Symptoms of low iron include fatigue, pale skin, shortness of breath, dizzinessness, headaches, fast or irregular heartbeat, chest pain, cold feet and hands, brittle, cracked nails, spoon-shaped nails, hair loss, cracks inside your mouth, changes in your tongue, restless leg syndrome, anxiety, depression and more.
Turns out after learning more about low iron, I had almost every symptom possible—irregular heartbeat, occasional chest pain that I put off as heartburn. Hair loss, dizziness, fatigue, to name a few. The fatigue really started to set in after my husband, and I stopped drinking pop this February. I was flat-out exhausted, ready to sleep every day.
Low iron can be a hidden mystery. Generally, when people have low iron, they have other symptoms. Like their hemoglobin will also be low. Mine stayed perfect. Even today, It has never budged. This is why my doctors never wanted to check my iron levels. I eat a regular diet, with meat. All my other symptoms kept pointing to hormonal imbalances, despite nothing ever showing up.
Interestingly enough, after talking with a few doctors. Iron tests aren’t routine blood work (in Canada). Unless you have signs that your iron may be low, they often do not get run. If you have the symptoms I mentioned above, please, ask your doctor to run an iron test.
Without enough oxygen in your blood, and you may feel tired, weak, and short of breath. You get iron-deficiency anemia when your body is low in iron. You need iron to make hemoglobin, a protein that helps your red blood cells carry oxygen. Your doctor will find out why your iron is low. – WebMD, 2021
Low Iron Changes
Since my iron is low, I have been making some changes. Right now, I am taking iron pills once a day. Next week I start taking 1 pill daily and a second pill every other day. To work up to taking 2 pills daily. I am not taking 2 pills right off the bat to reduce iron pills’ side effects (Black stool, stomach cramps, constipation, nausea and vomiting).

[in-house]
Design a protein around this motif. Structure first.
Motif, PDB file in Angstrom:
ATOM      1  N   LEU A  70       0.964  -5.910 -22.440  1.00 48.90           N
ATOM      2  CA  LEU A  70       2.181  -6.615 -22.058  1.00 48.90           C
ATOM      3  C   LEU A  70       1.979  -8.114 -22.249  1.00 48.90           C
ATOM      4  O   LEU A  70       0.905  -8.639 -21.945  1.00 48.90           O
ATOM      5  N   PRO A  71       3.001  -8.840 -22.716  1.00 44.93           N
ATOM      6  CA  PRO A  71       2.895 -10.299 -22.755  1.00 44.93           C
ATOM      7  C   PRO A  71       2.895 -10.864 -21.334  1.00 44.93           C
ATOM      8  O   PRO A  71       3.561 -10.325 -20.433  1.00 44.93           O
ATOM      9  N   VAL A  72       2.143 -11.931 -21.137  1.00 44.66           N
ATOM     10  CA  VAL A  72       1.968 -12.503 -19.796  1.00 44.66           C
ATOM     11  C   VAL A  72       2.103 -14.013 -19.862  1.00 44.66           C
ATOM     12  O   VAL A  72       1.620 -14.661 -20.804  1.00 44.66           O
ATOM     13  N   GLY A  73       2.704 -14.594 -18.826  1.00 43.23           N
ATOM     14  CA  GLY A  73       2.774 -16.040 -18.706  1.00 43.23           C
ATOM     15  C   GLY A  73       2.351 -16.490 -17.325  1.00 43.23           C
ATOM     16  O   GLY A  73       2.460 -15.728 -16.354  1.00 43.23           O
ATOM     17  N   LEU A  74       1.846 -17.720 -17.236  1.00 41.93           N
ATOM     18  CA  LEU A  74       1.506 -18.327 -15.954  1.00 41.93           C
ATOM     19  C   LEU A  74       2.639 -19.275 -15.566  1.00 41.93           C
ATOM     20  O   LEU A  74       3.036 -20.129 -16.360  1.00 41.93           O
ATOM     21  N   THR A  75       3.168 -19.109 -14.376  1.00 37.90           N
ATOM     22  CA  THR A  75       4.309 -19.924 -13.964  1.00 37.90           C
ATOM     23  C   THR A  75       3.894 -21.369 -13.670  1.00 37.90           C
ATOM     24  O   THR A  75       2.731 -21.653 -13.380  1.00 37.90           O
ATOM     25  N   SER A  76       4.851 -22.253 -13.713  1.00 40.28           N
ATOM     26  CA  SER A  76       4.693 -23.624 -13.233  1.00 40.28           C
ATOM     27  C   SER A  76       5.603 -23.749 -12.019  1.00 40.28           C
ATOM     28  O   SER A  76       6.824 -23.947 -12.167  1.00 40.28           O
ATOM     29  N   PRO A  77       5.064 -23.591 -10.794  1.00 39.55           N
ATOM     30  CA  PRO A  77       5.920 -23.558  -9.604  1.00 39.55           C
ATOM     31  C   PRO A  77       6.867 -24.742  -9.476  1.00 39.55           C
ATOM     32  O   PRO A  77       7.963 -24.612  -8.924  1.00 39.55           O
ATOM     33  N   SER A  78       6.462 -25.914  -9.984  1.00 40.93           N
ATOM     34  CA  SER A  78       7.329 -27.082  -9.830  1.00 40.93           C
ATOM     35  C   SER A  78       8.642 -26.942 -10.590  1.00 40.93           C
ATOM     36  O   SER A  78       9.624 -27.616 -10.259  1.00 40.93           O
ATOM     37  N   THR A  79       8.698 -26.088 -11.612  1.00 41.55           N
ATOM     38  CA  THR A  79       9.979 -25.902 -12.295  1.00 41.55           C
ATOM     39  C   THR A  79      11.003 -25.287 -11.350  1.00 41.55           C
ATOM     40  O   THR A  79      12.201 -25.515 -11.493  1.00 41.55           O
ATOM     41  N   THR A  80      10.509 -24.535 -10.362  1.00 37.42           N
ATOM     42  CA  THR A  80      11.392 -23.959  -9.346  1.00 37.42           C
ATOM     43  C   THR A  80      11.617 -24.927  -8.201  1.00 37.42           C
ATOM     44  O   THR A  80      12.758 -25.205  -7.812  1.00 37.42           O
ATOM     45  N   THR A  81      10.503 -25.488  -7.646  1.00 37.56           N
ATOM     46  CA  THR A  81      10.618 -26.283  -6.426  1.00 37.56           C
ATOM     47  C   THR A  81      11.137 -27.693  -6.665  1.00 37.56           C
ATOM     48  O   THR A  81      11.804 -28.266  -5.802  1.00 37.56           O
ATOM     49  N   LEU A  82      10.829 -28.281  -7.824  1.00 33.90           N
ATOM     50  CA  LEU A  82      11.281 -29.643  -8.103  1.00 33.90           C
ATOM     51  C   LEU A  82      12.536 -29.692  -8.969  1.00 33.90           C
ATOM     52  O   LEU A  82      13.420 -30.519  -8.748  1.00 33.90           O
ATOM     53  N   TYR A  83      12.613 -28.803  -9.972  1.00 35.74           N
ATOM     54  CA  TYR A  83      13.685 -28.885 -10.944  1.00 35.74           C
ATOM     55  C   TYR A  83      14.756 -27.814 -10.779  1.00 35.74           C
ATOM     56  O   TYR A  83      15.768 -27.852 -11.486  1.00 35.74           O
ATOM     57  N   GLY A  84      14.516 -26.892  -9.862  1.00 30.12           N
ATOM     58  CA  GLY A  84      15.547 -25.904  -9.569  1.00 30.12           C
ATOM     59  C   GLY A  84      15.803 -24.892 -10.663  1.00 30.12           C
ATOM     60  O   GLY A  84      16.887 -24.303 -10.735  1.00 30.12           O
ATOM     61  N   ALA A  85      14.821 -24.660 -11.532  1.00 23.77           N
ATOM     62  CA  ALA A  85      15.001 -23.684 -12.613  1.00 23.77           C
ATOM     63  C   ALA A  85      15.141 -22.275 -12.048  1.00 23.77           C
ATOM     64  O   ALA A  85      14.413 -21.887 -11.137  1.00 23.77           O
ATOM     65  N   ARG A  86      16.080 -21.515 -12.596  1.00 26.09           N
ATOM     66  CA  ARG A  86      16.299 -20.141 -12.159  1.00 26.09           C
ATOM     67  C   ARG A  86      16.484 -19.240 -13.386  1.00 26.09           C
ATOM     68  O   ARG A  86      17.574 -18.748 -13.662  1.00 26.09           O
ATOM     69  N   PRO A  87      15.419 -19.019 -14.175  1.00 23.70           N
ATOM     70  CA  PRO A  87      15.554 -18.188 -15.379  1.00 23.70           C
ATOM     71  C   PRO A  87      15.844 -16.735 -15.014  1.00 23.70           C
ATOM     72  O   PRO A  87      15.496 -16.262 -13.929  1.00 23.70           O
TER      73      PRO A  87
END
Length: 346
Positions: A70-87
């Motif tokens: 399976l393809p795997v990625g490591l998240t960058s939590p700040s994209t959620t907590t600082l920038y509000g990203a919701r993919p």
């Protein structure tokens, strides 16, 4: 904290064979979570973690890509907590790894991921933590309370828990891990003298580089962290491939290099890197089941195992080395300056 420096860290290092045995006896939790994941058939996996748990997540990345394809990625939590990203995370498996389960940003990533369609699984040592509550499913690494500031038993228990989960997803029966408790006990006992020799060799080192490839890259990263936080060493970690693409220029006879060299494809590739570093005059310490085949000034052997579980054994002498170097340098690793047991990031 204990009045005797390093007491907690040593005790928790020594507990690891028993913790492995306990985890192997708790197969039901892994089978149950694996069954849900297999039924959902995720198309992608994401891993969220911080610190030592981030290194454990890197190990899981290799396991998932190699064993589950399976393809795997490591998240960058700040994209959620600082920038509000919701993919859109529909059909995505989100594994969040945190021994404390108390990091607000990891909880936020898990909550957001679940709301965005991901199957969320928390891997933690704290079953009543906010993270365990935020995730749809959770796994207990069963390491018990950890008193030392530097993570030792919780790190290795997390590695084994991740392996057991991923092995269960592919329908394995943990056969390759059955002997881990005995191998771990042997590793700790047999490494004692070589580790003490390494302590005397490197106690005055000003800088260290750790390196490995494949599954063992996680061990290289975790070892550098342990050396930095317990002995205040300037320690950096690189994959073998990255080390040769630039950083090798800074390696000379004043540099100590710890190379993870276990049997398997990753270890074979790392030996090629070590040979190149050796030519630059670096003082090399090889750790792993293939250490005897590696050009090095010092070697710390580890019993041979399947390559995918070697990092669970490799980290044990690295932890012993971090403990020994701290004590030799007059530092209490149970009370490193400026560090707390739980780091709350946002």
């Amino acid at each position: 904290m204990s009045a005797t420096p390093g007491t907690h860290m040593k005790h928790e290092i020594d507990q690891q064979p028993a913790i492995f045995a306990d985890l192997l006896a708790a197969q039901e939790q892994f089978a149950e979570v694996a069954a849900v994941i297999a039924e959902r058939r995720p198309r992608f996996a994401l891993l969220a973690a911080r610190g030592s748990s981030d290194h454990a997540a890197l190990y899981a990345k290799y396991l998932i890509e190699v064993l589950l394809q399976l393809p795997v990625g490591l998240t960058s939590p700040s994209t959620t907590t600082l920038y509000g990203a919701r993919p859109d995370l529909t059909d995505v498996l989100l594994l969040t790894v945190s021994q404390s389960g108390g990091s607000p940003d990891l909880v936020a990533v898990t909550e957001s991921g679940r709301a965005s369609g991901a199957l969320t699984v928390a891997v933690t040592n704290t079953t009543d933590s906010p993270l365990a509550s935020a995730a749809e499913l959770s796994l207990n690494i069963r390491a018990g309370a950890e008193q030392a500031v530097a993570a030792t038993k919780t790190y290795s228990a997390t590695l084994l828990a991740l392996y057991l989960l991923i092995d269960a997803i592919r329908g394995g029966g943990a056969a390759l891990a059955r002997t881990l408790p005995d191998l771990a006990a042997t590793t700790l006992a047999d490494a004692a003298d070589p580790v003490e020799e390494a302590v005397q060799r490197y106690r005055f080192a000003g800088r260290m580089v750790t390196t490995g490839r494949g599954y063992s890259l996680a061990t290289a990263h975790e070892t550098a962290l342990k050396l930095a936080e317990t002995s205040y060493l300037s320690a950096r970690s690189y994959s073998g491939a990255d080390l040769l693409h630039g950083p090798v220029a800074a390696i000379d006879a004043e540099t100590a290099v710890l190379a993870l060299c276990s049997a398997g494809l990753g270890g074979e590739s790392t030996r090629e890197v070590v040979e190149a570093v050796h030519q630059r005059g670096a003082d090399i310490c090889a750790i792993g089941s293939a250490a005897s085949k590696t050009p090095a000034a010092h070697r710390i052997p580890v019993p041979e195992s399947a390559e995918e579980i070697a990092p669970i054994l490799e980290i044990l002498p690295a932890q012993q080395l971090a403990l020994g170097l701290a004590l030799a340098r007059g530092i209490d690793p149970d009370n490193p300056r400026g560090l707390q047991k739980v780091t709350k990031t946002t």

I’ll continue this for three months If my iron levels are still brutally low. I’ll end up with an iron transfusion. Furthermore, I’ve been learning about what foods have iron and try my best to eat/drink more of them. It turns out, despite eating meat. I really wasn’t getting much iron from food in my diet. So here is to making changes to my diet and seeing how the next three months go.
Low Iron Conclusion
As you can see, low iron hides behind symptoms that are the exact same for dozens of other problems. My fatigue, weight gain, inability to lose weight, fast/irregular heart rate, headaches, and more were signs. But they all got missed despite having lots of blood work done over the last six years. It got missed due to iron tests not being a part of routine blood work.
I challenge you to advocate for yourself. If you’re feeling off, and the blood work is coming back with nothing. Get your doctor to run an iron test, even just for giggles. Ask if you have to get it added to your routine blood work yearly. It’s something I would have never guessed would have been an issue for me, but surely it is.
All the best. Turns out my chin hairs are genetic, Darn.